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Treatment of sport-related concussion and subsequent postconcussion syndrome represents a highly complex and multidisciplinary endeavor. Current practice often includes observation by a physician, brief cognitive testing, and outside referrals (e.g., sport psychologist, clinical psychologist, or counseling psychologist) if necessary. However, it is hypothesized that the role of a clinician with interdisciplinary training in clinical psychology, sport psychology, and neuropsychology, henceforth known as the clinical sport neuropsychologist, would represent a holistic treatment provider. It is predicted that a provider with this diverse training background would have a unique constellation of skills that may generate efficient and effective treatment with concussed athletes. The subsequent intervention program is diverse, incorporating neuropsychology, sport psychology, and clinical psychology principles to effectively treat symptoms of post-concussion syndrome while providing psychoeducation regarding current scientific trends. Throughout the program, consultation ranged to incorporate neuropsychological assessment, sport-focused performance enhancement, and psychotherapy focusing on athletic role-transition. Subjective feedback of the athlete suggested that the intervention program was useful. The current case example introduces the potential value of a clinical sport neuropsychologist working within the intersectionality of these psychological disciplines in treating sport-related concussion and its associated conditions.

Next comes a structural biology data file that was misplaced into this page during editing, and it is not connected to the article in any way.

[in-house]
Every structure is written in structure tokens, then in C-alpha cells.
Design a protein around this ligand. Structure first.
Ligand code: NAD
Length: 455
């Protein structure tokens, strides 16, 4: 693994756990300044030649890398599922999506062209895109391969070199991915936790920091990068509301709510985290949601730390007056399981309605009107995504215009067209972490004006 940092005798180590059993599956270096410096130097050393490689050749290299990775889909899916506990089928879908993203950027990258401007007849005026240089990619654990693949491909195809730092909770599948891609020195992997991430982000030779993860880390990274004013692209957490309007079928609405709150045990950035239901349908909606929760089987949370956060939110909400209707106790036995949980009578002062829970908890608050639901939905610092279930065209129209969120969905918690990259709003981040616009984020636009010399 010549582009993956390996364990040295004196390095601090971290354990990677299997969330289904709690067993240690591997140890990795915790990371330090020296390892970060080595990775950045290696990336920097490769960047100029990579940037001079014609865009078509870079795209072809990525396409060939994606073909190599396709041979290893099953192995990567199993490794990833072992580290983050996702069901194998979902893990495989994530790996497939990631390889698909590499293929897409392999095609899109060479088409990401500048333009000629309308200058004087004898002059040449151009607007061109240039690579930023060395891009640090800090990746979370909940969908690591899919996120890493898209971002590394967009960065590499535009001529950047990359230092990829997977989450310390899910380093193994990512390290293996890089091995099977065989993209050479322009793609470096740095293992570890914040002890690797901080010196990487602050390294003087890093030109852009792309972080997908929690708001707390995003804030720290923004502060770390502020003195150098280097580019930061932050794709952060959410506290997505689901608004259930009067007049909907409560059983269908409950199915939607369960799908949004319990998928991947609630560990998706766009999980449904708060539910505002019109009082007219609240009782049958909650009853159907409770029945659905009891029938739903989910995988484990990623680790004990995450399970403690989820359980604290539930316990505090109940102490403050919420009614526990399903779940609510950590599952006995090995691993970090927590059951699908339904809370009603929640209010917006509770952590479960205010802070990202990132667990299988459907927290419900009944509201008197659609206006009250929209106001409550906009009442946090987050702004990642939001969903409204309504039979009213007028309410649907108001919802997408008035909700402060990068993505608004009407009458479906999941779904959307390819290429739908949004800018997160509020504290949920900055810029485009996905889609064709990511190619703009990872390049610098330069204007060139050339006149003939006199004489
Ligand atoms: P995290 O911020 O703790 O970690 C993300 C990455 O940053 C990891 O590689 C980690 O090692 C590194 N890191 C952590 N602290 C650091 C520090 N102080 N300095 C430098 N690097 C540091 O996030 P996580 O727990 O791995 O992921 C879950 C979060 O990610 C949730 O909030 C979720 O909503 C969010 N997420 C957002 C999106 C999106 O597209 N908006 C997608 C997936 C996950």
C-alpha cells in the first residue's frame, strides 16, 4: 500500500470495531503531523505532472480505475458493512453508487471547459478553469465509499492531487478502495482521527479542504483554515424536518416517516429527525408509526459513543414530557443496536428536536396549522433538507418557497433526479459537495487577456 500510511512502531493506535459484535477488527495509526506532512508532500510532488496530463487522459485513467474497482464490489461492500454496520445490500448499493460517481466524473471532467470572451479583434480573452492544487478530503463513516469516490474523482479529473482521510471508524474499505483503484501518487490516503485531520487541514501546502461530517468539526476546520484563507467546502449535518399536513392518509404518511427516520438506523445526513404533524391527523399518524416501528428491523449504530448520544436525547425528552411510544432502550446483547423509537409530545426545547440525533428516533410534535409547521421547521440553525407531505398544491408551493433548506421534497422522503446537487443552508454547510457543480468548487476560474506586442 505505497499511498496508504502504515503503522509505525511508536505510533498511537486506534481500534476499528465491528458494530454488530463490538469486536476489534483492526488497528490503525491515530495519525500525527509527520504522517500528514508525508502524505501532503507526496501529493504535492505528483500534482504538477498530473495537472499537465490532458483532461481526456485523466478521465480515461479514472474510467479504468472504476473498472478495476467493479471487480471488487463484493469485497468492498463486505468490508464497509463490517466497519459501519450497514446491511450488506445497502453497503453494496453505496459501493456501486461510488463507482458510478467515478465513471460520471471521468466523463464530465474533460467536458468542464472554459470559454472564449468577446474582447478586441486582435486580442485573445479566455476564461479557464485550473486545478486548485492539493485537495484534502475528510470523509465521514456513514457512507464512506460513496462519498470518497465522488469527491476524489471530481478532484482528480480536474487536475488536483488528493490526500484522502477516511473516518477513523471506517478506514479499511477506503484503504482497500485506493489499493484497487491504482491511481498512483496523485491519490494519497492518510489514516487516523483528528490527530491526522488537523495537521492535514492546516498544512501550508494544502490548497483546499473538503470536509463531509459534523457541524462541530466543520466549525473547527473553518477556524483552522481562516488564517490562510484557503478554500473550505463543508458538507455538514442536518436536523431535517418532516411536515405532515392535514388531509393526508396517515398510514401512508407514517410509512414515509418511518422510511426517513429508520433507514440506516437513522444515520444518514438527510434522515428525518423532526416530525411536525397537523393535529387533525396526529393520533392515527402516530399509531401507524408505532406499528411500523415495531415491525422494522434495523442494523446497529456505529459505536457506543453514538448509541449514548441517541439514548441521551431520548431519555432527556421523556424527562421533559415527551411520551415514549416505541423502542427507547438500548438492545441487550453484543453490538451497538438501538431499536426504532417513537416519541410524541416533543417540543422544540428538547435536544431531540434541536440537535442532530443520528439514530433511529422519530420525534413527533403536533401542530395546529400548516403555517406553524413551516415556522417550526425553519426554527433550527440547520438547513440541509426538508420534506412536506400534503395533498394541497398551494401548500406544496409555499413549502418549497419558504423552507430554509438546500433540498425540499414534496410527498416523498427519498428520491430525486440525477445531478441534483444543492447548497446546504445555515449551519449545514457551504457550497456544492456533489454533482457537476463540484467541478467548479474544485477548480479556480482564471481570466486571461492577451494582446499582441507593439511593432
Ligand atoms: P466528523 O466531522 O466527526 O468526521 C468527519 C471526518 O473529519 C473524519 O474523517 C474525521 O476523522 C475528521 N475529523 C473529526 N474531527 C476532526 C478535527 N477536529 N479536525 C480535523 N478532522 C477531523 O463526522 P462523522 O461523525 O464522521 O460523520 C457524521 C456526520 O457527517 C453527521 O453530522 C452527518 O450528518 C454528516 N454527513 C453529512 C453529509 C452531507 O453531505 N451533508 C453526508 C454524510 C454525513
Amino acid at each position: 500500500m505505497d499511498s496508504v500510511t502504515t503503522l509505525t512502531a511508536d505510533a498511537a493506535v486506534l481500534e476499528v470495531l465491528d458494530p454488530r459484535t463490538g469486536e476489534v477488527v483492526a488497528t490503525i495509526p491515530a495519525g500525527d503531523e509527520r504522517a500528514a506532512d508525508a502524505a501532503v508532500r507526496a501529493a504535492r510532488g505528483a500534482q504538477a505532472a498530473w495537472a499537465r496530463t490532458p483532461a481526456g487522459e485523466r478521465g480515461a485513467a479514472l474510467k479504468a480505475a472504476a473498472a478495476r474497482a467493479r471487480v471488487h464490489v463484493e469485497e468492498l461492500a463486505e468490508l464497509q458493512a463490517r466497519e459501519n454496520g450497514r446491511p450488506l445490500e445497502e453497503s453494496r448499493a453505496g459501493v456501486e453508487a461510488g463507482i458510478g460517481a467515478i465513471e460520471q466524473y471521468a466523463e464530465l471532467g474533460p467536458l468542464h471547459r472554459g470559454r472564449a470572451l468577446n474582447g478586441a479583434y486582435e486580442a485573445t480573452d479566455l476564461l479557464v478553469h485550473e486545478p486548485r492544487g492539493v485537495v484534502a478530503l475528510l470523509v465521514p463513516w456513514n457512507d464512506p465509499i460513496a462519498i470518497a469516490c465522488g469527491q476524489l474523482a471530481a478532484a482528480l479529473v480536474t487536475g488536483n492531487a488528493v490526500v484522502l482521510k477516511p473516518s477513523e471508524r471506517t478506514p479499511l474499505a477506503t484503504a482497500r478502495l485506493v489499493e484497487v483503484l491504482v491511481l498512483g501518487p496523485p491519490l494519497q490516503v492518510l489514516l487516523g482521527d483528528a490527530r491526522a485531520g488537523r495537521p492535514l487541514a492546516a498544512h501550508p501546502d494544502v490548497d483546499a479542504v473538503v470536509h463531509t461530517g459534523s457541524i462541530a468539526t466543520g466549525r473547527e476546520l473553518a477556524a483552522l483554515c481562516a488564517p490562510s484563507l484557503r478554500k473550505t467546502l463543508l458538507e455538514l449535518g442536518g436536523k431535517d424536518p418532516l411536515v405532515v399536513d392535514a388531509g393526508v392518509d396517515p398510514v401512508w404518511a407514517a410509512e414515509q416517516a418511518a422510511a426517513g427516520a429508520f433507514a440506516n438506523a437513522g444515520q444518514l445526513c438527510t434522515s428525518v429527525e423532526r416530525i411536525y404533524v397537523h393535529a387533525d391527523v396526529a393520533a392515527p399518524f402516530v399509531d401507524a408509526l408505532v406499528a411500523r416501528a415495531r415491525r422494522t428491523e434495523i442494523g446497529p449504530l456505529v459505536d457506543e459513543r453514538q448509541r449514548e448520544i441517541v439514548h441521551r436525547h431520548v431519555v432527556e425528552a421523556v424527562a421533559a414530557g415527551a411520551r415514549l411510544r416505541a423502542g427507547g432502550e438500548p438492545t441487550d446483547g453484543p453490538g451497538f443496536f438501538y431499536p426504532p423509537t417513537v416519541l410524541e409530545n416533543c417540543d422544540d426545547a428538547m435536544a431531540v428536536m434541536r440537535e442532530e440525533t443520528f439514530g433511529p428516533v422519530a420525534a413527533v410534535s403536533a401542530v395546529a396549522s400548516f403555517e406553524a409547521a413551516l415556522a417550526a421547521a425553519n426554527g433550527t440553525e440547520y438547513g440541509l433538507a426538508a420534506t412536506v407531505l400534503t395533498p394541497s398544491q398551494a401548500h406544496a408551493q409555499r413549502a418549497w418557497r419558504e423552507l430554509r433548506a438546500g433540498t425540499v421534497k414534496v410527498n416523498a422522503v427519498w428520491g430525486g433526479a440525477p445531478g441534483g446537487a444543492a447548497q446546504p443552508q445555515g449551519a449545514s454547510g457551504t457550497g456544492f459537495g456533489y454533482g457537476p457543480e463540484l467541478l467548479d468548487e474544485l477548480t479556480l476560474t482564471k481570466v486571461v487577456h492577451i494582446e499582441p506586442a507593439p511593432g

Zachary C. Merz and Michael J. Ross are with the Department of Psychology, Saint Louis University, St. Louis, MO. Joanne E. Perry is with the University of North Carolina at Charlotte, Charlotte, NC.